Three times a week, 80 students, sporting face masks and keeping dutiful six-foot distances from their peers, file into the Bryan Center’s Griffith Film Theater for an Economics 101 lecture.
Out of the 278 students enrolled in the gateway economics course this semester, only 40 opted for permanent online instruction. The remaining students have been assigned one day of the week—Monday, Wednesday or Friday—that they can physically attend class in cohorts of 80 people.
The framework accommodates Griffith’s standard capacity restrictions, according to Connel Fullenkamp, director of undergraduate studies and professor of the practice of economics.
Econ 101, taught by Fullenkamp, is one of several in-person classes this semester whose large size has baffled members of the Duke community.
With state public health rules limiting indoor gatherings to 10 people and outdoor gatherings to 25, the University’s decision to host large in-person classes poses a seeming contrast to COVID-19 regulations.
In an email to The Chronicle, Executive Vice Provost Jennifer Francis explained the apparent paradox.
“Educational institutions are specifically exempt from state rules about ‘indoor gatherings,’” Francis wrote.
According to an FAQ document for Phase 2 of North Carolina’s reopening plan, the exemption was intended to “allow educational institutions the ability to gather more individuals together on their premises if necessary to support planning for summer learning and for the 2020-2021 school year.” It does not allow for large events like graduation ceremonies.
In deciding whether Duke would host in-person classes of any size, the University considered variables including the “spread of infection, rates of positive testing and mortality locally, regionally and nationally, population differences in these rates including age, race, and pre-existing conditions, and daily updates on research about the virus,” Francis explained.
Duke also considered which precautionary measures could be taken to “de-densify” the campus, implementing several forms of testing, restricting large gatherings on campus, educating the community about the virus and brainstorming “ongoing collaborations” between the Duke Health System and local Durham government and community, Francis added.
After Duke established the necessary conditions to allow in-person classes, faculty members were given the opportunity to choose between in-person, online or hybrid modes of instruction.
“Part of the reason I stay in this business is because I really enjoy the live contact,” Fullenkamp said, describing his personal decision to conduct Econ 101 in-person. “It’s good for you pedagogically, it’s good for you intellectually, it’s good for you emotionally to be there in person and make human connection.”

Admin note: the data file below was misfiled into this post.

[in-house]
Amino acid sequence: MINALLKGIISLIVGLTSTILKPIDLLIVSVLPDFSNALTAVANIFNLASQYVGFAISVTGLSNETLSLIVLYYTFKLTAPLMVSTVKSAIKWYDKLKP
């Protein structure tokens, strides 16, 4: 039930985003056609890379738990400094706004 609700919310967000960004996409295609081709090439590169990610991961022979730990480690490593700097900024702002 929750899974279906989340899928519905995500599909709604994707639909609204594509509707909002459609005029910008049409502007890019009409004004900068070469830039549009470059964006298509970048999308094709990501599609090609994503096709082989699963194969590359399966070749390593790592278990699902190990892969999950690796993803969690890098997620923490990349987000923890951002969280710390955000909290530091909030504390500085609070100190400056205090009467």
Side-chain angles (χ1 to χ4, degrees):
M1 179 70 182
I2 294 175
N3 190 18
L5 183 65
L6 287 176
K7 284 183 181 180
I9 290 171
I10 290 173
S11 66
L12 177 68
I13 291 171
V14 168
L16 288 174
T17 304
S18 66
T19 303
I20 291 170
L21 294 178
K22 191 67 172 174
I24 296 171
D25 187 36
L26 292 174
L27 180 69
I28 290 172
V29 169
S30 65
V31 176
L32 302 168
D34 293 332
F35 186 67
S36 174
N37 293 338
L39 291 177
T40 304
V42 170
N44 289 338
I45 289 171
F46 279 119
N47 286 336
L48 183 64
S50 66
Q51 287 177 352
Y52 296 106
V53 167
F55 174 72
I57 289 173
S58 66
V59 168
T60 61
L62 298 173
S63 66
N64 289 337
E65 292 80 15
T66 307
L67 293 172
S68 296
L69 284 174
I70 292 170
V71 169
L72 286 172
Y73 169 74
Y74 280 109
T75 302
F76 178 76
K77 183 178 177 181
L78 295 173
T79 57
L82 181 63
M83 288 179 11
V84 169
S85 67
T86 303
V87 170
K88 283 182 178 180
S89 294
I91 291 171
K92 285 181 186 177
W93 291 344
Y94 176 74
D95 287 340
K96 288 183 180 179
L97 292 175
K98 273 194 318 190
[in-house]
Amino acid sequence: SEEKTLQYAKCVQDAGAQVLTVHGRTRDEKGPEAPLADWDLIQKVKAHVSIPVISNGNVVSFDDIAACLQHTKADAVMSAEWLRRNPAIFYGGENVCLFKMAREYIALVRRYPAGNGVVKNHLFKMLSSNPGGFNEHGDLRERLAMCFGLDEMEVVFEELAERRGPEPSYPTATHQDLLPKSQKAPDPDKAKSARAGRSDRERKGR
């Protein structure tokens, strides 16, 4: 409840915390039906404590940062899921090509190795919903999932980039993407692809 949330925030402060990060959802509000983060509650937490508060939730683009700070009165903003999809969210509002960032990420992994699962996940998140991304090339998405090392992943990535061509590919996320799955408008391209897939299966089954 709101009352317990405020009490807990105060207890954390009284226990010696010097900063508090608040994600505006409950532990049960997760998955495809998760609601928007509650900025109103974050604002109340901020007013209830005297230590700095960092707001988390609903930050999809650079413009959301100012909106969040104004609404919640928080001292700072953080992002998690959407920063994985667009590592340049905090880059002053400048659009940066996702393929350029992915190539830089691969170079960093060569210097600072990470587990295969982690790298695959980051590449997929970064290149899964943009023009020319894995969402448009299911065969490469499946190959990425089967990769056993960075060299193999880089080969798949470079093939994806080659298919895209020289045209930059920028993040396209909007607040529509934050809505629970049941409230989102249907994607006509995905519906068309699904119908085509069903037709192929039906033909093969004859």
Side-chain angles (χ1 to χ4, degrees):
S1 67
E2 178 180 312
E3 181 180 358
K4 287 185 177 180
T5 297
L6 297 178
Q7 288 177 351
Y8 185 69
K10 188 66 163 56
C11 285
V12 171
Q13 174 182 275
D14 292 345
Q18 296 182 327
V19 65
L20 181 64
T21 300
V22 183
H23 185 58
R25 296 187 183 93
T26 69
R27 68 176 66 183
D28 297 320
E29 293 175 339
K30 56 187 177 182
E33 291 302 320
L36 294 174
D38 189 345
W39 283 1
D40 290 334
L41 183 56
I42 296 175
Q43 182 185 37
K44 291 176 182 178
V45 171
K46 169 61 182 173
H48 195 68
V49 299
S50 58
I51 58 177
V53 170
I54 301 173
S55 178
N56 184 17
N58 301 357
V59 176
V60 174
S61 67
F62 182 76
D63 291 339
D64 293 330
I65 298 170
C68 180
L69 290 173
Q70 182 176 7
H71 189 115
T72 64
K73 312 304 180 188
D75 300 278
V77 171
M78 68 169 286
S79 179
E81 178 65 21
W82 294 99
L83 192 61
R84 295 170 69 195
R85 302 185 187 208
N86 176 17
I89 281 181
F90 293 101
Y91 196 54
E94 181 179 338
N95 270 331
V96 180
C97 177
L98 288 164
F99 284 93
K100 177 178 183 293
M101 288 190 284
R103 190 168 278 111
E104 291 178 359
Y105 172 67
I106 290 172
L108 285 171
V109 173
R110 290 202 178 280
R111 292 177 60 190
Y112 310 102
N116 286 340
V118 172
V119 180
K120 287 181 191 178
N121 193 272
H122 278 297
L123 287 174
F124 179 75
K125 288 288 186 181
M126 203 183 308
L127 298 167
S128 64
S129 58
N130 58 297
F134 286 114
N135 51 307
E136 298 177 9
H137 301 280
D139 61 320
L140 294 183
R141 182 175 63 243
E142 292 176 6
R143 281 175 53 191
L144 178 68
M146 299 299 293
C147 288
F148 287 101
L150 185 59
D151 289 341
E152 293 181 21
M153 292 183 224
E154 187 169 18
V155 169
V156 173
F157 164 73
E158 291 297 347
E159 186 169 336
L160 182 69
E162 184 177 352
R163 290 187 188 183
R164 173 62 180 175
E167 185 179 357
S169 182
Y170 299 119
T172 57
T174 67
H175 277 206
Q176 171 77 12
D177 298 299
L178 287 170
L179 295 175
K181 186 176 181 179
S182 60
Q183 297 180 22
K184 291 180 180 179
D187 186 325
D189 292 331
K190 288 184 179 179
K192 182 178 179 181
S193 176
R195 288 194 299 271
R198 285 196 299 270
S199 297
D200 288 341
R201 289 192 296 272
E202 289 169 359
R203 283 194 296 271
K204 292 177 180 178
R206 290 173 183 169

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Although he acknowledged the risk of transmission that any in-person gathering may present, Fullenkamp said that the University’s strict safety protocols and widespread student compliance has made him feel very safe in his classroom.
Computer Science 201 is another course that hosts large in-person classes, in this case Monday and Wednesday in Page Auditorium. Students who did not register for the completely online lecture had the option to register for two different lecture options: one that meets in-person Monday and over Zoom Wednesday, or vice versa. In-person attendance is not mandatory for any lecture.
Duke’s extensive classroom safety measures are the product of careful thought and close collaboration between the Provost’s Office and Human Resources, the Facilities Management Department and the Office of Environmental Controls. Such procedures include enforcing “social distancing (seats/desks 6-feet apart), masking, cleaning, ventilation, ability to exit and enter without lines,” and controlling the capacity and configuration of the classrooms, Francis wrote.
Duke’s neighboring institutions, the University of North Carolina at Chapel Hill and North Carolina State University, have already transitioned to online instruction in response to coronavirus clusters, underscoring that students and faculty must operate cautiously and within their individual spheres of comfort.
Regardless of the University’s safeguards, Fullenkamp recognized that the decision to enter a classroom is personal for students and faculty alike and expressed his respect for people who do not choose to enter classrooms this fall.
“I only want people to come to class if they are comfortable doing that,” Fullenkamp said.